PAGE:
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On St. Patrick’s Day, Mexico remembers the Irishmen who fought for Mexico against the US

On St. Patrick’s Day, Mexico remembers the Irishmen who fought for Mexico against the US | AP HUMAN GEOGRAPHY DIGITAL  STUDY: MIKE BUSARELLO | Scoop.it
Amid the celebrations this St Patrick's Day, there are also more somber commemorations taking place. In Mexico and in a small town in Galway, Ireland, they are remembering the hundreds of Irishmen who died fighting for Mexico against the United States: the San Patricio Battalion.

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Seth Dixon's curator insight, March 18, 10:20 AM

On St. Patrick's Day and afterward, many people shared happy pictures of Ireland, and that's lovely but I wanted this story.  This is not a well-known story in the United States because it reveals the cultural prejudice against the Irish that was prevalent in the United States in the 1840s.  I first learned about them in Mexico City, walking by a monument, that memorialized St. Patrick's Battalion.  They were a group of soldiers that deserted from the U.S. army and chose to fight with their Catholic brethren on the Mexican side.  


Questions to Ponder: Why are these historical events not usually mentioned in the U.S. national narrative?  Why is this seen as very significant for Mexican national identity?  What were the 'axes of identity' that mattered most to the those in St. Patrick's Battalion?   

 

Tags ethnicitywar, Mexico, Irish, racismreligion.

Connor Hendricks's curator insight, March 23, 4:40 PM

This is a good way to show how countries can work togeter and respect each other. A group of irishmen fought to defend mexico during the Mexican-American war

 

Jacob McCullough's curator insight, March 23, 6:44 PM

This is definitely interesting this breakers down cultural barricades and sets inside differences 

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Why the side-hustle is key to Nigeria's economy

Nkem Ifejika meets with Nigerian entrepreneurs who show how the nation's economy is finding lubricants other than oil.

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Seth Dixon's curator insight, February 20, 12:17 PM

The shadow economy, the black market or the side-hustle; these are all names for the informal sector of the economy.  In many countries such as Nigeria, this is a way of making money outside their normal jobs to boost their income and try to rise above just getting by.  "It was my grandmother who taught my mum that if you were lucky enough to have a salaried job, that was just pocket money. The real money came from your five to nine."  If working 9-to-5 represents the formal economy, this BBC podcast (and accompanying article) are all about the 5-to-9 economy.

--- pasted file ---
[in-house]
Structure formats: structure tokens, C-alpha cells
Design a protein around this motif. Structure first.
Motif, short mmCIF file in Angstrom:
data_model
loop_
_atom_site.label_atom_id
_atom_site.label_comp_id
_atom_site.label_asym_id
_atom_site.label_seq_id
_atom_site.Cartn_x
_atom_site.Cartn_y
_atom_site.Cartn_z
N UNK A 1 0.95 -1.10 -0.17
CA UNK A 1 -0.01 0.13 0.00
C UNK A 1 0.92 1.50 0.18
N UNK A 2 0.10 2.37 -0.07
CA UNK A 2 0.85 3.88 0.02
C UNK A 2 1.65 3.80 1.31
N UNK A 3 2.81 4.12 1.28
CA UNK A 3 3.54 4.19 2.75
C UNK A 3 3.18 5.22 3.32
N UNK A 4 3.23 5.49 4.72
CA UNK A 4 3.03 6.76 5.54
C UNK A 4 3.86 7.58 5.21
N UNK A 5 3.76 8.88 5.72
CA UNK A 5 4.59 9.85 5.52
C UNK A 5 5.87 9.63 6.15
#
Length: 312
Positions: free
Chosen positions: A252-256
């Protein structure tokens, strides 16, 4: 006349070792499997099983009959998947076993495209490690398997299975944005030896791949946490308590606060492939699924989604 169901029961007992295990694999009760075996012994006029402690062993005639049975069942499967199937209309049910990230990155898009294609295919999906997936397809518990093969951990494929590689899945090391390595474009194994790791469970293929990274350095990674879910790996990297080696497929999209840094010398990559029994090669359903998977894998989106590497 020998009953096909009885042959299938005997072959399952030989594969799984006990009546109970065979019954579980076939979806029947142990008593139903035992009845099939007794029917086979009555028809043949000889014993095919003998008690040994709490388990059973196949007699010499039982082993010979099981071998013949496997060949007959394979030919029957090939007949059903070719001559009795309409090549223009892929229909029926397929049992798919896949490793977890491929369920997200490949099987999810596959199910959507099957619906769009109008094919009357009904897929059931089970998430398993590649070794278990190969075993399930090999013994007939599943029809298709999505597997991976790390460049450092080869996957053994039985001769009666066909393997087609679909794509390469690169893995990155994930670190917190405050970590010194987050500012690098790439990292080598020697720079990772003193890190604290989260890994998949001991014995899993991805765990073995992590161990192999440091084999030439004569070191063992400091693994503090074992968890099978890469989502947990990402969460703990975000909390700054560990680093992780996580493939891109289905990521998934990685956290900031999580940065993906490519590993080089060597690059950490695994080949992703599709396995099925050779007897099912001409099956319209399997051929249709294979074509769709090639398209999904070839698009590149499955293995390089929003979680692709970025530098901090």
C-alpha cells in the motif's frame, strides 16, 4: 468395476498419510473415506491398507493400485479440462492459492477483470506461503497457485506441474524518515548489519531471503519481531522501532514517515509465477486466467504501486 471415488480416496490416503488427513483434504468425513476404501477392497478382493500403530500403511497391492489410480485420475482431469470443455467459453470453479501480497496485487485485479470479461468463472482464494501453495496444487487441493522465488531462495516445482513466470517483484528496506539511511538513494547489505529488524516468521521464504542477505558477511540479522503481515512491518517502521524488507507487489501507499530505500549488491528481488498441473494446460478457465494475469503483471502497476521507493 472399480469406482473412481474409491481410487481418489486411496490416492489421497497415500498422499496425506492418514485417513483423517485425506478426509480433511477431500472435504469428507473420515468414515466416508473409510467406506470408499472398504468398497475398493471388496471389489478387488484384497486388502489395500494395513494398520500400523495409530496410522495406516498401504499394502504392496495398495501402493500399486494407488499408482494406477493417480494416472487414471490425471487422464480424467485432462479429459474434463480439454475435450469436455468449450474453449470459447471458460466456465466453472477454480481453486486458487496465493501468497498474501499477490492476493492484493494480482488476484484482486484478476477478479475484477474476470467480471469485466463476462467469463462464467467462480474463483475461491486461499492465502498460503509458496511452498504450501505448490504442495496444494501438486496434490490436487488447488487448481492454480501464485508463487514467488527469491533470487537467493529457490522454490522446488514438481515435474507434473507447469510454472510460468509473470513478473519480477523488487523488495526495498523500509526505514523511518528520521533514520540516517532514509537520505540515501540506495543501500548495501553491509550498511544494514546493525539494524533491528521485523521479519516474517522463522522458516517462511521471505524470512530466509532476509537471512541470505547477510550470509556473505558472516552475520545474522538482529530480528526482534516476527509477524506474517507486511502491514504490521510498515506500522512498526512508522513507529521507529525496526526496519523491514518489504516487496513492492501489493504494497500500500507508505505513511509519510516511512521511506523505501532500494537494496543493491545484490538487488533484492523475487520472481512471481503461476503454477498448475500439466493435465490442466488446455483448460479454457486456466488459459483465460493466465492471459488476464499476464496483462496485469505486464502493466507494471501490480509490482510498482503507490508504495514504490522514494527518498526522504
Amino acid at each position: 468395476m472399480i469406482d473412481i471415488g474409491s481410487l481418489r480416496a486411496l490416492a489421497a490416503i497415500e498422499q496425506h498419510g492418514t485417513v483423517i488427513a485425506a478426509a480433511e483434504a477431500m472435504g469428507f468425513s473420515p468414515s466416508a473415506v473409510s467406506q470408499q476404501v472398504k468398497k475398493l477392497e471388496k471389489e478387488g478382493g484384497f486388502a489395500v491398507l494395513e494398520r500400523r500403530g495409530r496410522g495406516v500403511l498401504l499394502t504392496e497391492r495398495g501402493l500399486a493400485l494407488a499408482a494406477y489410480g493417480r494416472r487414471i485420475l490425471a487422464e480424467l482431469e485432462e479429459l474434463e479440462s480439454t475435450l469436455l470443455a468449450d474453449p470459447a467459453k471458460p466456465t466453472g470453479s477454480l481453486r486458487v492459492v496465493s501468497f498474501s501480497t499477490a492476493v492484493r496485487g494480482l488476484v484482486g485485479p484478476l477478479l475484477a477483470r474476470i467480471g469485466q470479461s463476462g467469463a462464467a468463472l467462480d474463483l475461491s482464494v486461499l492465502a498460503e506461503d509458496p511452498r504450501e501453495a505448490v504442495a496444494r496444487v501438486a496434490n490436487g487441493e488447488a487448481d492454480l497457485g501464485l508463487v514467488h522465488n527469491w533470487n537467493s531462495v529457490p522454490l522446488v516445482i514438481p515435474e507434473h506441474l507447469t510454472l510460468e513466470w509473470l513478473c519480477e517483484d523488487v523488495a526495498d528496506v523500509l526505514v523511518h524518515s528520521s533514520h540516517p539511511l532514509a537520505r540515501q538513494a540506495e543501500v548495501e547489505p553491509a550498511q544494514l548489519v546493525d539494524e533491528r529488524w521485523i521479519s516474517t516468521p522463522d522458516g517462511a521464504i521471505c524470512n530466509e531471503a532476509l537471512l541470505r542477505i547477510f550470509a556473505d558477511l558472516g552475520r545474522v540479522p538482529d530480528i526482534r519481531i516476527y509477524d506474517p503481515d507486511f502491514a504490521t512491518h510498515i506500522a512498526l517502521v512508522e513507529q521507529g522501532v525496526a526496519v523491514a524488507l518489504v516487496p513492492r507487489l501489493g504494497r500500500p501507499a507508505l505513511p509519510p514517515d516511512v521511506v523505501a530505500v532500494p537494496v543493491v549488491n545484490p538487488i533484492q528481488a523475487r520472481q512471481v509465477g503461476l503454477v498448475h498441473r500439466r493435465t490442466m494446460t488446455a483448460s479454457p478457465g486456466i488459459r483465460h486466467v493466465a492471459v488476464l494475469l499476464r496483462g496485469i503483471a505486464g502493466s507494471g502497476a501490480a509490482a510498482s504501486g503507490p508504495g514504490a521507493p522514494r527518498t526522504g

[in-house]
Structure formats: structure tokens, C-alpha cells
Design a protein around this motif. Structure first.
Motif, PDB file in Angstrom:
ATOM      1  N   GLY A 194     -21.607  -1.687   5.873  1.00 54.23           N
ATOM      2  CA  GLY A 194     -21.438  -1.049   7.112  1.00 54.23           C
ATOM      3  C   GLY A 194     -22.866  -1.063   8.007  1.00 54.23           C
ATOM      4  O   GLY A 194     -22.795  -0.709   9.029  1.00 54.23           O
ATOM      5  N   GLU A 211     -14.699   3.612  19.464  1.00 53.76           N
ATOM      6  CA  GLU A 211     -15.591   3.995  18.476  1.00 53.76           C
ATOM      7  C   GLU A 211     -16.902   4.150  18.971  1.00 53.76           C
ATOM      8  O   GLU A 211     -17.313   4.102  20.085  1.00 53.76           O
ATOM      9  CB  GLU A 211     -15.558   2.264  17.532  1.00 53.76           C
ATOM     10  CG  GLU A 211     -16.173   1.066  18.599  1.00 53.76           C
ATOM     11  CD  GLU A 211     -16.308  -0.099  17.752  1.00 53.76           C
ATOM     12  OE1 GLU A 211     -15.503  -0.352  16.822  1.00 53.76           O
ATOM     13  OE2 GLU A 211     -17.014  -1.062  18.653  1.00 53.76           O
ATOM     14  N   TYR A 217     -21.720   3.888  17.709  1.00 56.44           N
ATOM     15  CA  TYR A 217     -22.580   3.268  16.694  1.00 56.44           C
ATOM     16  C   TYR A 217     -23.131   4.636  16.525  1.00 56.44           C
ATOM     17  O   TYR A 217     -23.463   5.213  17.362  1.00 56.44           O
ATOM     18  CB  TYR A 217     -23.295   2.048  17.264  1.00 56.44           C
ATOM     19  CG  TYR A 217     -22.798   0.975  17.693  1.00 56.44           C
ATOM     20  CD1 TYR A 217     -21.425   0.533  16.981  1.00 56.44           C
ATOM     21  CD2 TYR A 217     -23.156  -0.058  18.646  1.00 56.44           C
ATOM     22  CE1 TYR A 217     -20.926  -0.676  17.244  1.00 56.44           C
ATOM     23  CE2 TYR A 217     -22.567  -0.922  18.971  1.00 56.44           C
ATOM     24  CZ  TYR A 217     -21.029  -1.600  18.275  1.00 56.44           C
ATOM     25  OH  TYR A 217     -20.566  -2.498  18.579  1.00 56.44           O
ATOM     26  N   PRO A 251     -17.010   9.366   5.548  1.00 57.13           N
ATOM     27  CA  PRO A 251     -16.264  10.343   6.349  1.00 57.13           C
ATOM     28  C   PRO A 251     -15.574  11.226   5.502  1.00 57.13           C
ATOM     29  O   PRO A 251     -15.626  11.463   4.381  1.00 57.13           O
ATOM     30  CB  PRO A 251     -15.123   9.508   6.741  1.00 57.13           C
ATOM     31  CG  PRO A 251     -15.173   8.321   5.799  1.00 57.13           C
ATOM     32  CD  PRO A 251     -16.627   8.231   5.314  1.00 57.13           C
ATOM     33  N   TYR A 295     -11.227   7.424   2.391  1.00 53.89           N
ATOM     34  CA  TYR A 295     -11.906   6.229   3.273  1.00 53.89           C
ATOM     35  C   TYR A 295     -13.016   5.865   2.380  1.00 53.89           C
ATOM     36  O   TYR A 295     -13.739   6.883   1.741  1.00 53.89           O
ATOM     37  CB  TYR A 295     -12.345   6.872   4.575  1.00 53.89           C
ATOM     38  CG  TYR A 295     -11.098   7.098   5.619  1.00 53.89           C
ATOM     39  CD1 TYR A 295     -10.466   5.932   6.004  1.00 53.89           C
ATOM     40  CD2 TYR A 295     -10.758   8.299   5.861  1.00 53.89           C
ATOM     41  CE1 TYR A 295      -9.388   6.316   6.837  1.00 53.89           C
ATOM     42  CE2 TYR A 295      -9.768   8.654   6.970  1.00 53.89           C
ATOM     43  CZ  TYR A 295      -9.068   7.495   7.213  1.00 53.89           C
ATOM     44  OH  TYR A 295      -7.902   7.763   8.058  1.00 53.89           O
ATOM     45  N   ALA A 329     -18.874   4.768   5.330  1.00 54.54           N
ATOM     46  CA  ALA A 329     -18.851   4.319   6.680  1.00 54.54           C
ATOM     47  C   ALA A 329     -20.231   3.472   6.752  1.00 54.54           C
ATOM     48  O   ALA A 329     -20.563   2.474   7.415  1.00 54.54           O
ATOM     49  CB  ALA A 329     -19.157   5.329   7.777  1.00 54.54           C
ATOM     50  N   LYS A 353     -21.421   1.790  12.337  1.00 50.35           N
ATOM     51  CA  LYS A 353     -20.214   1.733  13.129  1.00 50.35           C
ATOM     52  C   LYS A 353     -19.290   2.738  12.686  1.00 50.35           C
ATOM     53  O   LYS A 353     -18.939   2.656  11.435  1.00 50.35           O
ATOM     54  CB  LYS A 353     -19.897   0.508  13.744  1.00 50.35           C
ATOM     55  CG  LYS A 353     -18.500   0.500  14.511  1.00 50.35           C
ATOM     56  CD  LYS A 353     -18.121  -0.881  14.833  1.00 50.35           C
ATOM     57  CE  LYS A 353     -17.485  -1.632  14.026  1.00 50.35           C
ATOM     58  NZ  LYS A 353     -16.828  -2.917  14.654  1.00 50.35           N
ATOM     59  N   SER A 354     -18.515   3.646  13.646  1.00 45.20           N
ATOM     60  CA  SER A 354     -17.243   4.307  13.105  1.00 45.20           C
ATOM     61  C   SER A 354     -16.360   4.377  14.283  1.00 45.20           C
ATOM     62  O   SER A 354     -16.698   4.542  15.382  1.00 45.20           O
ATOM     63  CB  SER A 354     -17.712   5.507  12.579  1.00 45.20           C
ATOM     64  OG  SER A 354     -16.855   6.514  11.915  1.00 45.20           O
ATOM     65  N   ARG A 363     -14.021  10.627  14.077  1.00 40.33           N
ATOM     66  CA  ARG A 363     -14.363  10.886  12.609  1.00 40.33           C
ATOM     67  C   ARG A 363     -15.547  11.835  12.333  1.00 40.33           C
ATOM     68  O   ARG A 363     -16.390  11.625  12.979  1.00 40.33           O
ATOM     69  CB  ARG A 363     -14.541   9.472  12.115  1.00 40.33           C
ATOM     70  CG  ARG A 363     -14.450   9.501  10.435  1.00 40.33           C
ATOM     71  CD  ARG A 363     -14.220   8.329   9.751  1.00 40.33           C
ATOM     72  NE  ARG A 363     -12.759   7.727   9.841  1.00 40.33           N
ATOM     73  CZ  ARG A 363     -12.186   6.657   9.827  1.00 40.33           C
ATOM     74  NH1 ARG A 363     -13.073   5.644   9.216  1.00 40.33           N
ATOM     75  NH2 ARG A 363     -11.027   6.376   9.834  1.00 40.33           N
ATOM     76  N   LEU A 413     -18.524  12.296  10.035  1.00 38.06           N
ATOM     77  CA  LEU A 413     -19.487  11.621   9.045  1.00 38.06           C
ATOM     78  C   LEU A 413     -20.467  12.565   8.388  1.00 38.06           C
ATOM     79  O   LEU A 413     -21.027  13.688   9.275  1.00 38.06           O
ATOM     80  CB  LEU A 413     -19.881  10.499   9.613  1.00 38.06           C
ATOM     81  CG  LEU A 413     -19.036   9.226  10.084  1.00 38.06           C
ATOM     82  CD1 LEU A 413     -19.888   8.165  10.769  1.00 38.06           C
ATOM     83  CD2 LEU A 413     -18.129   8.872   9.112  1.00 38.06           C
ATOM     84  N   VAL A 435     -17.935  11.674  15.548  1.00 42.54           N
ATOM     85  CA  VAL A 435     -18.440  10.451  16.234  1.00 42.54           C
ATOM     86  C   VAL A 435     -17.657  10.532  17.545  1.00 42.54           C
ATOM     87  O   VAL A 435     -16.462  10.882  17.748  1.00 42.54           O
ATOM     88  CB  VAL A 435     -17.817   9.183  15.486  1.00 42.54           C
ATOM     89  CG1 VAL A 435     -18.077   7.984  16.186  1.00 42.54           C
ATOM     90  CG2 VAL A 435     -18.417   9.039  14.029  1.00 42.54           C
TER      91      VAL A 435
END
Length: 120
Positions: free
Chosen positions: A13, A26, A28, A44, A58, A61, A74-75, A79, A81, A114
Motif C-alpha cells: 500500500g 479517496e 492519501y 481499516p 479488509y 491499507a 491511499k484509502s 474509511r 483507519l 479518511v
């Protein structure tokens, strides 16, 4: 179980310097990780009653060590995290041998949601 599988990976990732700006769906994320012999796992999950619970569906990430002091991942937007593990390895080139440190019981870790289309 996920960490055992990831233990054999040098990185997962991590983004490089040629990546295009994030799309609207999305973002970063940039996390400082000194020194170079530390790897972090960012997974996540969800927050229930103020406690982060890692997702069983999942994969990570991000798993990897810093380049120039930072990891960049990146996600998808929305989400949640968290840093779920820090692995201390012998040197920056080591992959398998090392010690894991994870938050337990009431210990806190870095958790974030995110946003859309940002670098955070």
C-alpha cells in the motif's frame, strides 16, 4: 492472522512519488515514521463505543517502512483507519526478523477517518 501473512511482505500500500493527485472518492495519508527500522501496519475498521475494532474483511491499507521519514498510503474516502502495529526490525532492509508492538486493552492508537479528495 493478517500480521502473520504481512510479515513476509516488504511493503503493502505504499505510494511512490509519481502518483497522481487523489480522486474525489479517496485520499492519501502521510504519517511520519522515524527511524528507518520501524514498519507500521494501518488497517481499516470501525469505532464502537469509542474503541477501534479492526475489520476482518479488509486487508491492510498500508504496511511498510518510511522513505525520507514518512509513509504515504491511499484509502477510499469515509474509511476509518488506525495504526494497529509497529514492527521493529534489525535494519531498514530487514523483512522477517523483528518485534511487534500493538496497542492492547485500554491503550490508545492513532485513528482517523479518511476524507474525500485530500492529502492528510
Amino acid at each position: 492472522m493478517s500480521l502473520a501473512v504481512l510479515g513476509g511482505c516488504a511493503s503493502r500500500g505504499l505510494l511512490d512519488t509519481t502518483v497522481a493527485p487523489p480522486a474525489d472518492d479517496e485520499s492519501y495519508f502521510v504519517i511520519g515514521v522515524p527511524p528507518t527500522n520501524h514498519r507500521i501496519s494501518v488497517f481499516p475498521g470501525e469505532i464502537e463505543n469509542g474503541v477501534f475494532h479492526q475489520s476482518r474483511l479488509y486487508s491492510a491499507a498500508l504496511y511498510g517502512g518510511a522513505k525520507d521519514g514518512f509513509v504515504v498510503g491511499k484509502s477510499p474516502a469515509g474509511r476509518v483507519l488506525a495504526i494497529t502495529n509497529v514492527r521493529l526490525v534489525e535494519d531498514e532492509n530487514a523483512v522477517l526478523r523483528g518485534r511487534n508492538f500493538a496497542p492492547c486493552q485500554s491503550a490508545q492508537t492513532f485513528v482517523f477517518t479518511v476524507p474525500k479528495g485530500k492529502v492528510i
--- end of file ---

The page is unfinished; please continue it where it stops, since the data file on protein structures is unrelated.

Tags: economic, laborNigeria, podcast

Rowena Spence Cortina's curator insight, March 10, 10:37 AM
Seth Dixon's insight:

The shadow economy, the black market or the side-hustle; these are all names for the informal sector of the economy.  In many countries such as Nigeria, this is a way of making money outside their normal jobs to boost their income and try to rise above just getting by.  "It was my grandmother who taught my mum that if you were lucky enough to have a salaried job, that was just pocket money. The real money came from your five to nine."  If working 9-to-5 represents the formal economy, this BBC podcast (and accompanying article) are all about the 5-to-9 economy

Courtney Barrowman's curator insight, March 14, 9:11 AM

unit 6

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With Porches And Parks, A Texas Community Aims For Urban Utopia

With Porches And Parks, A Texas Community Aims For Urban Utopia | AP HUMAN GEOGRAPHY DIGITAL  STUDY: MIKE BUSARELLO | Scoop.it
Austin's Mueller neighborhood is a new-urbanist dream, designed to be convivial, walkable and energy-efficient. Every house has a porch or stoop, and all the cars are hidden away.

 

After moving here, respondents said, they spend an average of 90 fewer minutes a week in the car, and most reported higher levels of physical activity.  The poll results seem to validate new-urbanist gospel: good design, like sidewalks, street lighting, extensive trails and parkland, can improve social and physical health.  Part II: A Texas Community Takes on Racial Tensions Once Hidden Under The Surface.

 

Tags: housing, urban, planning, urbanism, unit 7 cities, neighborhood, podcast.


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zane alan berger's curator insight, March 24, 4:37 PM

This article focuses on an Austin community with a Utopian atmosphere. Beginning the construction in 2007, Mueller neighborhoods are very uniform; two story, two car garage in the back, and a porch in the front. This article refers to Urbanization

Sreya Ayinala's curator insight, May 26, 7:54 PM

Unit 7 Urban

      The article describes the master planned community of Mueller. Mueller is filled with parks and green spaces. In addition, every house has a porch and a garage in the back of the house to encourage communication between people and neighbors. Also everything is located close together so it is very easy to walk to the store instead of driving. Many houses employ solar panels for their energy and use fuel efficient hybrid cars.